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Bryan Caplan explains why the reactions of many of today’s intellectuals and politicians to companies such as Amazon and Google reinforce his confidence that the big and demonized businesses of the past – companies such as Standard Oil and Swift & Co. – were in fact not vile monopolies but, rather, great benefactors of humanity [2]. A slice:

History textbooks are full of populist complaints about business: the evils of Standard Oil, the horrors of New York tenements, the human body parts in Chicago meatpacking plants.  To be honest, I haven’t taken these complaints seriously since high school.  In the absence of abundant evidence to the contrary, I say the backstory behind these populist complaints is just neurotic activists [3] searching for dark linings in the silver clouds of business progress [4]. When business offers new energy, new housing, new food, the wise are grateful to see the world improve, not outraged to see a world that falls short of perfection.

(My own research – as well as that of several other scholars – into the history of American antitrust legislation confirms that Standard Oil and companies labeled in the past as “monopolies” were in fact unusually entrepreneurial and innovative firms that delivered unusually large amounts of benefits to consumers.)

George Will makes a powerful case that the Constitution should be interpreted in light of the words of the Declaration of Independence [5].

My intrepid Mercatus Center colleague Veronique de Rugy reports that we Americans are losing from Trump’s trade war [6]. A slice:

Even protectionist China has been active. It has effectively been dropping its tariffs against U.S. competitors while it raised its duties against U.S. producers. Chad Bown of the Peterson Institute for International Economics calculated that China’s tariffs against the United States rose from 8% on January 1, 2018, to 20.7% on June 1, 2019. Tariffs against all other countries, however, went down from 8% to 6.7% during that same period. As Bown writes, “Now, there is a 14 percentage point difference between the average Chinese tariff U.S. exporters face versus all other exporters.”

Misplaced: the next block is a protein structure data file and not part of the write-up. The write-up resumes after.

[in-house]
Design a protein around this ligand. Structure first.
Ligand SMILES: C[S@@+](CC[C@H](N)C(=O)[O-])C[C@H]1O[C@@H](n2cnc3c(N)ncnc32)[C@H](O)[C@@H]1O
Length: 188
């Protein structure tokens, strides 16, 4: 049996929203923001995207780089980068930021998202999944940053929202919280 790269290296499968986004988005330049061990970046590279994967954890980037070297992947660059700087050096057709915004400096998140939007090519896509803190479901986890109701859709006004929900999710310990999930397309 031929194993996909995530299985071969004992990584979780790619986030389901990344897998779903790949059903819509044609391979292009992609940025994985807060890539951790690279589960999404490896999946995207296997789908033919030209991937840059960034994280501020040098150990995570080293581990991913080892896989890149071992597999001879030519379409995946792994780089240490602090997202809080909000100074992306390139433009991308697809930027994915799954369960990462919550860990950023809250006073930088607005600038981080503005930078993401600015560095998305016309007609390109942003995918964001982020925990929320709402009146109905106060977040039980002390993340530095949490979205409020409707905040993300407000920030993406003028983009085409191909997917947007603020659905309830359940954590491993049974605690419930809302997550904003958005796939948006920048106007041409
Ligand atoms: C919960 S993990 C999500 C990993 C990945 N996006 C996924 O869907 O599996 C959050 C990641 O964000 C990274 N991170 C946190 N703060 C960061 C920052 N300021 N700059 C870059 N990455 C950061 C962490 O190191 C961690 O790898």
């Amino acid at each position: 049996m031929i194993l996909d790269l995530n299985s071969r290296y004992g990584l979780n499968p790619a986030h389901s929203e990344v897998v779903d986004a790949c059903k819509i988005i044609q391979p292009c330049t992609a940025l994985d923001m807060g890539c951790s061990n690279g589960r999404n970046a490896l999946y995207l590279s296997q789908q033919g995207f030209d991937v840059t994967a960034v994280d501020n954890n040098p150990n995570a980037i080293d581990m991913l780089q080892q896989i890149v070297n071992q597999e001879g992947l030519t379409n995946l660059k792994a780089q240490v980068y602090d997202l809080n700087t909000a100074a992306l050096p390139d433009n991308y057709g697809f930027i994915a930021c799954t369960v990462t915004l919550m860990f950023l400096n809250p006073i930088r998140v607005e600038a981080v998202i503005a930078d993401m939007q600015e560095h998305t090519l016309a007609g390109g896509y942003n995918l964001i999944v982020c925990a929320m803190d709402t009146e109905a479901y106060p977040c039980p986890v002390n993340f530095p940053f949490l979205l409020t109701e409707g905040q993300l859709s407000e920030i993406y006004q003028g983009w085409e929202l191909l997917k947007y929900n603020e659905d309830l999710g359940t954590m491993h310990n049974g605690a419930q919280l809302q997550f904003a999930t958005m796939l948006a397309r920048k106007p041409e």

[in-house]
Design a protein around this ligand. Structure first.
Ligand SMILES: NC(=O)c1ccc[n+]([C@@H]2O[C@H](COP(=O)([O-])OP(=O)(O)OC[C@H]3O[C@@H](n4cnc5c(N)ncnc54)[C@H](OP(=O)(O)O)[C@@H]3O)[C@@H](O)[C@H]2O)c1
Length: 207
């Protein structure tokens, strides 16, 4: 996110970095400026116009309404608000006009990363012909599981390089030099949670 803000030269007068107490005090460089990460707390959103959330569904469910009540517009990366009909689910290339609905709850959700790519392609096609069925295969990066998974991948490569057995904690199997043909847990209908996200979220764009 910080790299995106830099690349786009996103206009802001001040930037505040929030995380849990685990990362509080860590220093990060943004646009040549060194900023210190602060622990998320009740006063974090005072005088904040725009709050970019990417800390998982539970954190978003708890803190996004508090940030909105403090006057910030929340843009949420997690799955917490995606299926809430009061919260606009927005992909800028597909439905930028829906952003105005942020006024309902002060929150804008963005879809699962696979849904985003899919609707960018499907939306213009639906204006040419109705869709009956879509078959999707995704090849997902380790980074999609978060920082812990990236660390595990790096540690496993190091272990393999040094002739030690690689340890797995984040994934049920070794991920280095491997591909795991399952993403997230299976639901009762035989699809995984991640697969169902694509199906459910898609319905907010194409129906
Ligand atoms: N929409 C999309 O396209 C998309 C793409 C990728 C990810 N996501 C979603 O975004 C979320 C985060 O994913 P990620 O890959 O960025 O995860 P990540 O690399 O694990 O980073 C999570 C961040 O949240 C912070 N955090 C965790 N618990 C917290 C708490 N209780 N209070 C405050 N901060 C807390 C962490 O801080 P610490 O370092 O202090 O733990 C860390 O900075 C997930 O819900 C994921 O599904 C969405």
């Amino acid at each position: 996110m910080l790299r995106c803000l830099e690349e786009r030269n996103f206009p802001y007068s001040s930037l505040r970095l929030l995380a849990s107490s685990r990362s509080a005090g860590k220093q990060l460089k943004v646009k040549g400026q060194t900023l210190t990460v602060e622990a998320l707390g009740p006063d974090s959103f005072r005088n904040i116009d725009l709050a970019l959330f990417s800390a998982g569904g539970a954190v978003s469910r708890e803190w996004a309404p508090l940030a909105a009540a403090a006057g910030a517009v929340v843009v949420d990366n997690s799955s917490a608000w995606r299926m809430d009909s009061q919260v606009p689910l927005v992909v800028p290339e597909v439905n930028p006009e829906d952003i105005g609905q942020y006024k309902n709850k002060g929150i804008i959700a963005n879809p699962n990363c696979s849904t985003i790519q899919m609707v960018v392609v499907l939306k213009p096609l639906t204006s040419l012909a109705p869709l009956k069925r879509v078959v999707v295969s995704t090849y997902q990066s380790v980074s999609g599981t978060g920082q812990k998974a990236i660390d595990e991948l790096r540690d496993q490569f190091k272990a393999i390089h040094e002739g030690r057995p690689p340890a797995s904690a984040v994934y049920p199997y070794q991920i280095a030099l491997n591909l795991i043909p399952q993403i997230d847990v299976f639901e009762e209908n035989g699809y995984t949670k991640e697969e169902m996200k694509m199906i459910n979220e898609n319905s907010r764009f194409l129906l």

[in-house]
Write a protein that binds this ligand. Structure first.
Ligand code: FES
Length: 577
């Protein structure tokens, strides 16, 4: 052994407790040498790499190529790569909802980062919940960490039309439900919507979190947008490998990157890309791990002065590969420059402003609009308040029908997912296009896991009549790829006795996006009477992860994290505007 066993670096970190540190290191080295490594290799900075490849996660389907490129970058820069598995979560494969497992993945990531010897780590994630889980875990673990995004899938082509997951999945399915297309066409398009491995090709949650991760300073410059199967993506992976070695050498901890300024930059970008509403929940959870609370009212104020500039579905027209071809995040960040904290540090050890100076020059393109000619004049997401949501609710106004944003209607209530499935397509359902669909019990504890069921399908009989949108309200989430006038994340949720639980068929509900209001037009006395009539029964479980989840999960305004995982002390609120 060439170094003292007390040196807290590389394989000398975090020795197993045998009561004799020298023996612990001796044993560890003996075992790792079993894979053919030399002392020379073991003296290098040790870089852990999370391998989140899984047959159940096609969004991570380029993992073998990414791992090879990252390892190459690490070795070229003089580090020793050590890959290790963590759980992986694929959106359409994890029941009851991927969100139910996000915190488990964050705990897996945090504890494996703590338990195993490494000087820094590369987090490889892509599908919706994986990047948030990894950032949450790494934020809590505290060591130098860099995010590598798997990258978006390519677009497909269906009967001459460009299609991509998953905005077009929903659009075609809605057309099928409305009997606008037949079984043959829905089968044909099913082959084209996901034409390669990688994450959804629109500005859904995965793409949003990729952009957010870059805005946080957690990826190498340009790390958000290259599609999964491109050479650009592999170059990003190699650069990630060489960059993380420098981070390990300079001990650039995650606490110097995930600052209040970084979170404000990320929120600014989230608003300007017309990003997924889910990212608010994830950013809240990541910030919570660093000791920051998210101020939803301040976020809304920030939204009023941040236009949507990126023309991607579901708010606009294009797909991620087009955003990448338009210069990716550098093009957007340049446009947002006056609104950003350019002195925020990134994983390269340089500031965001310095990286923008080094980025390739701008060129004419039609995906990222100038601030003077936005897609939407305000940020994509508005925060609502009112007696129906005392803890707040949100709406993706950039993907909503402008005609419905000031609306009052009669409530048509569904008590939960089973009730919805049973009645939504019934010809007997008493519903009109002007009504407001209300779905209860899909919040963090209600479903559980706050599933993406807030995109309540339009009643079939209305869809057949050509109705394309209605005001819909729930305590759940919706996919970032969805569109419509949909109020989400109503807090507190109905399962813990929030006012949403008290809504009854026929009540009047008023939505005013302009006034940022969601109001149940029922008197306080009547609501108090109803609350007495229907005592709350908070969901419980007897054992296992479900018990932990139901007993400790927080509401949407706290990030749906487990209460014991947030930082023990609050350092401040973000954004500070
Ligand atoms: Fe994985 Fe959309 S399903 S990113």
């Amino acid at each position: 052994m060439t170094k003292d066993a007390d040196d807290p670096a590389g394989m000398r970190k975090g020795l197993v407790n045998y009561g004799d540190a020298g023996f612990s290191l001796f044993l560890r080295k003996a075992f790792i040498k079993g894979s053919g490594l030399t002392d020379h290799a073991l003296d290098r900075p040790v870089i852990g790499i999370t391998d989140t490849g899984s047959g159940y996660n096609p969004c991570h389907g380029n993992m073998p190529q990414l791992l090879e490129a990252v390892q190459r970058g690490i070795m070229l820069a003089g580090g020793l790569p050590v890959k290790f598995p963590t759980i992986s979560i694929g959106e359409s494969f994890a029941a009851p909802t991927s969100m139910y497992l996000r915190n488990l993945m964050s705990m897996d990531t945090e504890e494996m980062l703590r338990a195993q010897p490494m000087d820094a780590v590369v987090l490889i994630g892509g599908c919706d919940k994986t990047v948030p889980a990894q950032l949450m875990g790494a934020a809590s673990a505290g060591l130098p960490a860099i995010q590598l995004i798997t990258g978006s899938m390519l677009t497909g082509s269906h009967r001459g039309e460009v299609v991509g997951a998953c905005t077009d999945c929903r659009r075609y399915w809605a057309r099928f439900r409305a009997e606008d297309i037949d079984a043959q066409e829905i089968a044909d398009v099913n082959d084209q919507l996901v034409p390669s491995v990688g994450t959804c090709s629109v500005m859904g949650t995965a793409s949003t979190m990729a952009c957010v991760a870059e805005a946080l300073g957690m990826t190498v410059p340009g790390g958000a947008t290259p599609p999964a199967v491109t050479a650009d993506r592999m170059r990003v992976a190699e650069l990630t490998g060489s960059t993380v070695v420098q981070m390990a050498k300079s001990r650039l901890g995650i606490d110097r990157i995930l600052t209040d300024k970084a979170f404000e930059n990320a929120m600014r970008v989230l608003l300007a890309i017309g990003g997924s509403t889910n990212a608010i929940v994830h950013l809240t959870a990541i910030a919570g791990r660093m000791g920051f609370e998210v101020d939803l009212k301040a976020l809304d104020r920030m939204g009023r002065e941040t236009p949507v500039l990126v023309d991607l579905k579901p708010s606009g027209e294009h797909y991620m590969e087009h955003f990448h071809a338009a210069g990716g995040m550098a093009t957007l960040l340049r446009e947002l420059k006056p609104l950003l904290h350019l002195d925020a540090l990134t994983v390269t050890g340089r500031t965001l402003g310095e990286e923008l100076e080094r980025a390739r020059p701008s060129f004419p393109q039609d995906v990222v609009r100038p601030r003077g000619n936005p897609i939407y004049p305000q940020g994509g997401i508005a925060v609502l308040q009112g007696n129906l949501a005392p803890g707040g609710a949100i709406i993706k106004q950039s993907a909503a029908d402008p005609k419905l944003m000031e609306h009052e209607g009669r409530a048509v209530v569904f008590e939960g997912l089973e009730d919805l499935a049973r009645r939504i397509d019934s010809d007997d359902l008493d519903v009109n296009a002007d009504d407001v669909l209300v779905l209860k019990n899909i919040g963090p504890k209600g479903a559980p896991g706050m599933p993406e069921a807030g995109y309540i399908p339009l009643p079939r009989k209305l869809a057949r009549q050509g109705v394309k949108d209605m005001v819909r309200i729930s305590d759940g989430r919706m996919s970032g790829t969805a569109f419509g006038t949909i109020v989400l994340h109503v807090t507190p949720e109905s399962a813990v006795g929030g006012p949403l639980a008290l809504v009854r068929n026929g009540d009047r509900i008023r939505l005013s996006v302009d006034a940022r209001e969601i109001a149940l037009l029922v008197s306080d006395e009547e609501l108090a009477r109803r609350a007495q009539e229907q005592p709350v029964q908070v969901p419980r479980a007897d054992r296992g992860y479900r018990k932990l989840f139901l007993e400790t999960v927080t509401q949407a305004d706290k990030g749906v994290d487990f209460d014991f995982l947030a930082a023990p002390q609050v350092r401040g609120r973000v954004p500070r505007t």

Robert Krol writes that the economic uncertainty created by Trump’s trade war inflicts real damage on the U.S. economy [7].

My Mercatus Center colleagues – and GMU Econ alums – James Broughel and Emily Hamilton, writing in the Los Angeles Times, identify the real source of California’s absurdly high housing costs [8]. A slice:

Permitting more housing — especially relatively economical and much in-demand multifamily housing — that keeps Californians in the Golden State would also promote energy efficiency. Exorbitant housing costs push Californians to less-expensive states such as Nevada, Arizona and Texas, where per capita emissions are much higher due in large part to those states’ less temperate climates.

Among the few principled elected officials in Washington is Rep. Justin Amash of Michigan. Understandably he is leaving the Republican Party. I applaud him [9]. A slice:

The founders envisioned Congress as a deliberative body in which outcomes are discovered. We are fast approaching the point, however, where Congress exists as little more than a formality to legitimize outcomes dictated by the president, the speaker of the House and the Senate majority leader.

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